Total cost of ownership (TCO) for medium-sized companies is up to a third lower for Linux than for Windows based systems.
That's according to Australian IT services firm Cybersource which reckons a Linux-based system is between 34 per cent and 25 percent less expensive to run than a Windows network, with users deploying open source on existing hardware saving the most.
The study (which looked at purchasing and operating costs) aimed to benchmark TCO for an organisation with 250 users, over three years. The costing models included staff costs, application licences, maintaining servers and workstations and networking, as well as miscellaneous systems costs.
Cybersource is careful to say its study is by no means definitive, describing it as a "a reasonable first pass quantitative estimate".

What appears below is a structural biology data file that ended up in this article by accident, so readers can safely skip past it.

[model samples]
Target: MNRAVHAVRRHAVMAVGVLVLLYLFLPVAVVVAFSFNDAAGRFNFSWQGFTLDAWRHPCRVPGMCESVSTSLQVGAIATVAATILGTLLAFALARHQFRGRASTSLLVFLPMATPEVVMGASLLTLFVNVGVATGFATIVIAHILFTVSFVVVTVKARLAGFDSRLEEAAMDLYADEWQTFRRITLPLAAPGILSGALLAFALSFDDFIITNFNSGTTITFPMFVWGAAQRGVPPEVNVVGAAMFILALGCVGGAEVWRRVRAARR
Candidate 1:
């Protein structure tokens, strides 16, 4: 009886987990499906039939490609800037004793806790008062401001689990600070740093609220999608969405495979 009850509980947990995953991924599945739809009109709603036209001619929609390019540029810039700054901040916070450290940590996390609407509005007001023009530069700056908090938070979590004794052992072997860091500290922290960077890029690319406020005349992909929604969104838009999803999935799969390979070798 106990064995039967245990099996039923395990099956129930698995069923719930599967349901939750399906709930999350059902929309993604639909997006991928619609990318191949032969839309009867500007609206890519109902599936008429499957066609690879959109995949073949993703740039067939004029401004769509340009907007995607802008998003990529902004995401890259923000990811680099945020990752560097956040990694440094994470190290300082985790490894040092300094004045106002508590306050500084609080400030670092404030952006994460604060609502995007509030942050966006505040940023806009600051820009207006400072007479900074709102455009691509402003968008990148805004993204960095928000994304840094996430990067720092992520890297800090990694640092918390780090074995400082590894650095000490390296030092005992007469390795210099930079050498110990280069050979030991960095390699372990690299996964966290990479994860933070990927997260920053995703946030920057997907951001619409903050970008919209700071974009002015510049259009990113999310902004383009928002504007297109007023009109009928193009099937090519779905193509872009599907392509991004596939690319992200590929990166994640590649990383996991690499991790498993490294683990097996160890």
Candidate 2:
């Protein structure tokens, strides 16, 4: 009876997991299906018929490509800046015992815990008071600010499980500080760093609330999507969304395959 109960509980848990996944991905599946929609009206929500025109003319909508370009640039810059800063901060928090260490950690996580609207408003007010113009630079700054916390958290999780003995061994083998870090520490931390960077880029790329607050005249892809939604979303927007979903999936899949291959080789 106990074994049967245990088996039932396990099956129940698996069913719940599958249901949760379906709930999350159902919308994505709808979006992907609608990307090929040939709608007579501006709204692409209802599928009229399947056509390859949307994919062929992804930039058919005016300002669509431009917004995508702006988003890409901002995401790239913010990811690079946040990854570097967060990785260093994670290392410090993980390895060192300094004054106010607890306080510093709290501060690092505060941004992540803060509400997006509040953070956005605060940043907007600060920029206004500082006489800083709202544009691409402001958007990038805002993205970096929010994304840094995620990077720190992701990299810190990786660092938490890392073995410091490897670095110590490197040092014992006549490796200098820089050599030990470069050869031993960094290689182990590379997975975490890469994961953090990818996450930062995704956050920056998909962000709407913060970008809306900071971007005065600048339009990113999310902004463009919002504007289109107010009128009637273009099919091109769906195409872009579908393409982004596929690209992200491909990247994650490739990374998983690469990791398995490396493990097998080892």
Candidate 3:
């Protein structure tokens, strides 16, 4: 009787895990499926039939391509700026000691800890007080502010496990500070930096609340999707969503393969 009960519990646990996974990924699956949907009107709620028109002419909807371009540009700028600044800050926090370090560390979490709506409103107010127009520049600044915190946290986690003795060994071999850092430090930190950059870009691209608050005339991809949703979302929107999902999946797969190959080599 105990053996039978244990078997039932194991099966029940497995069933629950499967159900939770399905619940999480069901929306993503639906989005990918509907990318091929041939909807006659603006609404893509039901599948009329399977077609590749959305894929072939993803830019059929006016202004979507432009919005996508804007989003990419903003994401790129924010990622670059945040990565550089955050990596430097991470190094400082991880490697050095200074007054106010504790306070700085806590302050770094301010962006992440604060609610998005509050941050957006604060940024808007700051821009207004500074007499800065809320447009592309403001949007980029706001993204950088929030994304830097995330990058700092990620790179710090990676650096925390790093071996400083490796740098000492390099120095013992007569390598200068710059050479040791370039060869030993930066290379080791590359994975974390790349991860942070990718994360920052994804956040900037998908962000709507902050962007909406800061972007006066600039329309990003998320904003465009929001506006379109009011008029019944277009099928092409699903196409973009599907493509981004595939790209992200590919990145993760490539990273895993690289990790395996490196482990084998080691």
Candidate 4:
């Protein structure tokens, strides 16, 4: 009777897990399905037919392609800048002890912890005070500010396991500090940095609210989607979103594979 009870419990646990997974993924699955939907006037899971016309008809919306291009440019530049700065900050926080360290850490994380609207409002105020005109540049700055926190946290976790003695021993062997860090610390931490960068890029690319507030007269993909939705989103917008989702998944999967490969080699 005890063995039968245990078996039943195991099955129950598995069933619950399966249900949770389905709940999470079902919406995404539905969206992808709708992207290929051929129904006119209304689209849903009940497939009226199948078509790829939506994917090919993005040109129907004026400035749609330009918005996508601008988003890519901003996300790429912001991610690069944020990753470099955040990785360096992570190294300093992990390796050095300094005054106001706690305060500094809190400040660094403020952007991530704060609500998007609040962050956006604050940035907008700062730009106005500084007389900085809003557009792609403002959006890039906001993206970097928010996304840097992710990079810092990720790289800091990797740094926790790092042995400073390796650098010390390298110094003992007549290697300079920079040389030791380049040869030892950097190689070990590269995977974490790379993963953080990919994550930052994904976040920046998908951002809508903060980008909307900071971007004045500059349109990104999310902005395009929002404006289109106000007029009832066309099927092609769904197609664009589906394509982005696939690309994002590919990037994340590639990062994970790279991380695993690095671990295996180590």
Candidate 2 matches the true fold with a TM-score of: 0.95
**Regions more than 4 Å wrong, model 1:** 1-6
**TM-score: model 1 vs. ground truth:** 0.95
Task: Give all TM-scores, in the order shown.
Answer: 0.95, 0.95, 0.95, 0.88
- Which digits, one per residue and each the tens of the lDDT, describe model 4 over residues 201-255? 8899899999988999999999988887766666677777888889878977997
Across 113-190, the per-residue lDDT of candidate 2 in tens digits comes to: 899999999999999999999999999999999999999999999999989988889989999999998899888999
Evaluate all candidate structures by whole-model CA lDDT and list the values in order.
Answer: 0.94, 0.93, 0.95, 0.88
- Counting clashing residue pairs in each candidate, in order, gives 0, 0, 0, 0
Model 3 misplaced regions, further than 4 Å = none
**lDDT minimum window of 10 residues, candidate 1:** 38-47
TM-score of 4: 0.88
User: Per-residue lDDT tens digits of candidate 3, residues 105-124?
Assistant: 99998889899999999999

Cybersource provides customers with both Linux and Microsoft platforms solutions (though its Web site is slanted towards open source-related services), carried out the study in response to requests for a cost comparison between the two platforms.
Customers have "been vocal" in such requests following recent projected alterations to Microsoft's licencing regime, according to Cybersource chief executive Con Zymaris. ®
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